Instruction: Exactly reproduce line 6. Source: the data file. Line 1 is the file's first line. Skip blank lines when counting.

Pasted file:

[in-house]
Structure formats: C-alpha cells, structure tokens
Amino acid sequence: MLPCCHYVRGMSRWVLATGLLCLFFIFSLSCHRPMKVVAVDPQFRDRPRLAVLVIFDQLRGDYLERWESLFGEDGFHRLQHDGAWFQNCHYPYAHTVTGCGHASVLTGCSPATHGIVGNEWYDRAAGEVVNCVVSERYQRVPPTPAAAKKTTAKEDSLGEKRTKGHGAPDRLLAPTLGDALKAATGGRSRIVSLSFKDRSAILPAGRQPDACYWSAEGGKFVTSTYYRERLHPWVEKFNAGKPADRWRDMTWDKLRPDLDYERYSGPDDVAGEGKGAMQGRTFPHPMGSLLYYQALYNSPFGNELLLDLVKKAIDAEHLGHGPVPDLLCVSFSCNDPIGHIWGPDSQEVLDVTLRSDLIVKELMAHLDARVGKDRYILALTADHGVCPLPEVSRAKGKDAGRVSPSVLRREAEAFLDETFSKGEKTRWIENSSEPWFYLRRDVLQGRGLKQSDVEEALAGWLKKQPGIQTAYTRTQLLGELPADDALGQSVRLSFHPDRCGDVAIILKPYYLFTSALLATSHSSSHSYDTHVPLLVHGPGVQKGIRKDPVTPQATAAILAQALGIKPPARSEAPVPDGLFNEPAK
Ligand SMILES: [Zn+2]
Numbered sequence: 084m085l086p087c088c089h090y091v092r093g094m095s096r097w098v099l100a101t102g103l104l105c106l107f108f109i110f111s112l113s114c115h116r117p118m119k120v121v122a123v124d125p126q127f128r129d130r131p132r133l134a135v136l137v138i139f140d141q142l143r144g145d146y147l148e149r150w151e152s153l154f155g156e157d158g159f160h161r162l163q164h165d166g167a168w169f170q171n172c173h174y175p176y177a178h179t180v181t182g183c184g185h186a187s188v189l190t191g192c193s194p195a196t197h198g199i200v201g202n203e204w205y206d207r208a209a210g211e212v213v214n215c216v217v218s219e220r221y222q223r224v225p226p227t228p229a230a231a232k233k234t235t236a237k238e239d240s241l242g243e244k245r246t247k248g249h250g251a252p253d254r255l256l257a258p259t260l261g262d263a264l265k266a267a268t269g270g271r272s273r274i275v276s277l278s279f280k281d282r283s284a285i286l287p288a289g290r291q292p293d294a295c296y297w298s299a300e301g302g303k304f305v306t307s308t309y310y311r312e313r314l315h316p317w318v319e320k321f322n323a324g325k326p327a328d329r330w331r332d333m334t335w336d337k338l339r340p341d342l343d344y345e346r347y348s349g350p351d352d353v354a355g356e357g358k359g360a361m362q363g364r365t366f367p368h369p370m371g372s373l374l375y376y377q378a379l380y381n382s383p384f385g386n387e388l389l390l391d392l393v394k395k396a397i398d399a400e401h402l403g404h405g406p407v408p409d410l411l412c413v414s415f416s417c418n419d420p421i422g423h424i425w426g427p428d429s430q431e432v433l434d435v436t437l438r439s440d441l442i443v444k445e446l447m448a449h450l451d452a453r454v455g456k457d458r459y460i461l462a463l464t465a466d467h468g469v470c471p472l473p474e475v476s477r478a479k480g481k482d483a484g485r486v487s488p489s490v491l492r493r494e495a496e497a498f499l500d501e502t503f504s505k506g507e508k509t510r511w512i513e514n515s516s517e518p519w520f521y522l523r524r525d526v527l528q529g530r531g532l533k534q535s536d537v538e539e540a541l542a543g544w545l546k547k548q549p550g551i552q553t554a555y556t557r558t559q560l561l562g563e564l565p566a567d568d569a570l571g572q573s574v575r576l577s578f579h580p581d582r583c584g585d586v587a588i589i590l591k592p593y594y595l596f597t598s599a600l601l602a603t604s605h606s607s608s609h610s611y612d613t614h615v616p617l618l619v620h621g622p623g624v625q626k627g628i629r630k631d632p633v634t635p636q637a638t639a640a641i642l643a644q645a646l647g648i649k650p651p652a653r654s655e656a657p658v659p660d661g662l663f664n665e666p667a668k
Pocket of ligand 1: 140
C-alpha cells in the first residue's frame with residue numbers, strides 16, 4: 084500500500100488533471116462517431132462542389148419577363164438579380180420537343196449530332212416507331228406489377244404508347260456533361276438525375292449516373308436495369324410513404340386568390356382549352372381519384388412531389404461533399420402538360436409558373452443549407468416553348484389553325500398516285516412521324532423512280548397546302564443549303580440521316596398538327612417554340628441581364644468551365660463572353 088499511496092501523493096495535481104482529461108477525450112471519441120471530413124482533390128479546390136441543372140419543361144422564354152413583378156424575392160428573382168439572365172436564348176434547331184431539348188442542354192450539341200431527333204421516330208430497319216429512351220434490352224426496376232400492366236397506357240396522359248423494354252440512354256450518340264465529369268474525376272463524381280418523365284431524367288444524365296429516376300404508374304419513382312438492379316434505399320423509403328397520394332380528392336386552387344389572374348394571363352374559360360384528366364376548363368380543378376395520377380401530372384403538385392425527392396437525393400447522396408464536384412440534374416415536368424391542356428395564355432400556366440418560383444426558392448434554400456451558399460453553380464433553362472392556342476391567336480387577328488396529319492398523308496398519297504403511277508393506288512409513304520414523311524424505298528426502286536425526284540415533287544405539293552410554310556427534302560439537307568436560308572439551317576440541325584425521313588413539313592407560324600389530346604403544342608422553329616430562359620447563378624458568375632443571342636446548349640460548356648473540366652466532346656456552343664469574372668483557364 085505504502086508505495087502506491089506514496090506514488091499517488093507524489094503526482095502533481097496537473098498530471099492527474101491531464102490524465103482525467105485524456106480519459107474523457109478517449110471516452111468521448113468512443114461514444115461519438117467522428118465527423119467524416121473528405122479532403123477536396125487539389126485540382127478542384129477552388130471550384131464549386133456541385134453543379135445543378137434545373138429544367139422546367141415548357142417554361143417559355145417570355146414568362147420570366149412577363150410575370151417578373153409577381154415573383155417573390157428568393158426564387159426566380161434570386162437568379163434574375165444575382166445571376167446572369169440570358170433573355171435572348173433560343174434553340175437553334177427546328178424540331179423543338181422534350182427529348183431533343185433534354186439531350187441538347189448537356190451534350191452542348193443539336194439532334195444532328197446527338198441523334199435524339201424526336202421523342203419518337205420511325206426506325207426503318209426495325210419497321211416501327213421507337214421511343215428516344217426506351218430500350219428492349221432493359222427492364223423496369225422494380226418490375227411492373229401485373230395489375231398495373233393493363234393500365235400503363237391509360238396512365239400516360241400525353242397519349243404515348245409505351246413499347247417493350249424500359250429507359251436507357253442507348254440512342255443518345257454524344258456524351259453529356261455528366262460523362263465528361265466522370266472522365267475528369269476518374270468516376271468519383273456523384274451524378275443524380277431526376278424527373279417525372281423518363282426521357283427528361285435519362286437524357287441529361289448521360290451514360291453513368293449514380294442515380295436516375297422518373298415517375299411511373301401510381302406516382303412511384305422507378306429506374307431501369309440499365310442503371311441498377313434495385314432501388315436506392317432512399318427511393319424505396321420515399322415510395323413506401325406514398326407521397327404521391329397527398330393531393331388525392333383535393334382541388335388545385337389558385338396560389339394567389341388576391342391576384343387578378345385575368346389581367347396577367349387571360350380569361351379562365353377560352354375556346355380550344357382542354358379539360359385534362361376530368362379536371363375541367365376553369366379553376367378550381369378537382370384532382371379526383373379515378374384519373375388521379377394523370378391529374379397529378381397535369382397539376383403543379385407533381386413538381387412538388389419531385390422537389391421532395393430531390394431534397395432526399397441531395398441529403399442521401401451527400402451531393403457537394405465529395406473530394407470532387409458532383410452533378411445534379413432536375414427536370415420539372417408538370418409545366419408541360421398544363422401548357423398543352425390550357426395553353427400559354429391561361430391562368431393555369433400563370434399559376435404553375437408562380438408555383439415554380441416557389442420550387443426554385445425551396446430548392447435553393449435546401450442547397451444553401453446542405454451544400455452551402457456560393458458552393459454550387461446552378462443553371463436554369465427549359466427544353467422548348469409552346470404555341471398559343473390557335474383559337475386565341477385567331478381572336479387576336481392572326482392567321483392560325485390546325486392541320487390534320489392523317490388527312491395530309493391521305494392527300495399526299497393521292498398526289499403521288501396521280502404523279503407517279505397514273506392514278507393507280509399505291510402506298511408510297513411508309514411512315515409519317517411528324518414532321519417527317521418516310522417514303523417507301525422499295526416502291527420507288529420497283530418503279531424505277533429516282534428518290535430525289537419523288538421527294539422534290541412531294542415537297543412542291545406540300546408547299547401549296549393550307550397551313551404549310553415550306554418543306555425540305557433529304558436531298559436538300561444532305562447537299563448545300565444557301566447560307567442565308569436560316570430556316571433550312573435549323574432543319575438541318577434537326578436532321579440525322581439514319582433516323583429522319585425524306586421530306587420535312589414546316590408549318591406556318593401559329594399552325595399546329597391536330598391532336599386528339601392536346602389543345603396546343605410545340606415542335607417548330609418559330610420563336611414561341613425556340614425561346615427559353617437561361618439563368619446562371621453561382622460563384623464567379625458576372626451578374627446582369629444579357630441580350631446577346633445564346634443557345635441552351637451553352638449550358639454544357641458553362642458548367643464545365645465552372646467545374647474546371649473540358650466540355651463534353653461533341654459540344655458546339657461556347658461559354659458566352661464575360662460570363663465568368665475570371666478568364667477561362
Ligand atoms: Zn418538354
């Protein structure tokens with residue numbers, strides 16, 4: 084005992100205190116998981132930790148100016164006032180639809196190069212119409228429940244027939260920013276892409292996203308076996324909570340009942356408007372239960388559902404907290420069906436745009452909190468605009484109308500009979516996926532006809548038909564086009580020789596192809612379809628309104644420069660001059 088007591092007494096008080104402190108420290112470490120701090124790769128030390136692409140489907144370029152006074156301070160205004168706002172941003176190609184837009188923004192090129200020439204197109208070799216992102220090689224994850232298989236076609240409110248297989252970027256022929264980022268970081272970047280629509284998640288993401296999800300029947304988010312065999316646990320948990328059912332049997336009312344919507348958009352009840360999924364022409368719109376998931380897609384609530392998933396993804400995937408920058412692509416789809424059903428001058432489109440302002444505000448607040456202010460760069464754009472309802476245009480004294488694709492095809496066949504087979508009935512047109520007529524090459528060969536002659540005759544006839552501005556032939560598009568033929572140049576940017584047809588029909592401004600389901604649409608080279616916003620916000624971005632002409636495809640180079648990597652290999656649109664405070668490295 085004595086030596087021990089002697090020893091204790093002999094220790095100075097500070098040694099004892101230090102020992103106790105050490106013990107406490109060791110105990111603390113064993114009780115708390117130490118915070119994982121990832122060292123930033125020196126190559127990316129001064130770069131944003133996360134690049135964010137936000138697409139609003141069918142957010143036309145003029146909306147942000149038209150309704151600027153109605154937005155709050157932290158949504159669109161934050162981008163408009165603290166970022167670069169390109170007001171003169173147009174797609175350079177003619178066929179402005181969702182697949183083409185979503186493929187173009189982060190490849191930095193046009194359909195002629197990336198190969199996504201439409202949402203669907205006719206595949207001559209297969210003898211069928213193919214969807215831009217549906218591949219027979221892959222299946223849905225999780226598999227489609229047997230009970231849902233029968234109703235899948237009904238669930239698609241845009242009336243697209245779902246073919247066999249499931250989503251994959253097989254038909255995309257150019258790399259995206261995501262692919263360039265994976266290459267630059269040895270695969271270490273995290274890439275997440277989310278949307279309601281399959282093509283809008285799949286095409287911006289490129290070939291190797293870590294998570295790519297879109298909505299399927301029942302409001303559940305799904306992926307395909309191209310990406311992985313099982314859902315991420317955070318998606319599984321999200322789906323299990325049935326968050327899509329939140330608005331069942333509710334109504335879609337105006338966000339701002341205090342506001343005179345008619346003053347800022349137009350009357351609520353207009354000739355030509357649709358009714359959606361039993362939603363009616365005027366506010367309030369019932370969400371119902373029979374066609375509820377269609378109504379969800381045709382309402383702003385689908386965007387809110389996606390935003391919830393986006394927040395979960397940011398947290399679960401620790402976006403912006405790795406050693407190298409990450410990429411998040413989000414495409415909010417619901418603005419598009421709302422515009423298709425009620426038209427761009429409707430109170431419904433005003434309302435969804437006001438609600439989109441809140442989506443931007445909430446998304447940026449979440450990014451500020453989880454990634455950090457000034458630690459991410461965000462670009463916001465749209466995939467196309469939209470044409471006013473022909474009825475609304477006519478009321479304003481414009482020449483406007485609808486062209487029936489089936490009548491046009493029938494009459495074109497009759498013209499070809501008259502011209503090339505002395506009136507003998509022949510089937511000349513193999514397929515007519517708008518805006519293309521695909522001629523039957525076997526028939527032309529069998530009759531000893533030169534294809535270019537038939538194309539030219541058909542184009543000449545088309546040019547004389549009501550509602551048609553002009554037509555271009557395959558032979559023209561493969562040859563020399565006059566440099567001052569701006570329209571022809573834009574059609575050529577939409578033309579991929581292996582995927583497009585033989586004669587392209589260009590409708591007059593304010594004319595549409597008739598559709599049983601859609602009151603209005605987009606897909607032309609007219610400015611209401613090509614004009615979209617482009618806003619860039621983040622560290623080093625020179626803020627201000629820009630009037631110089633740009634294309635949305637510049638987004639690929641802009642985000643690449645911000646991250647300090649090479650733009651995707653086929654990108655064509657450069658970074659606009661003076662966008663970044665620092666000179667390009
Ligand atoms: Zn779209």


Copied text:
Pocket of ligand 1: 140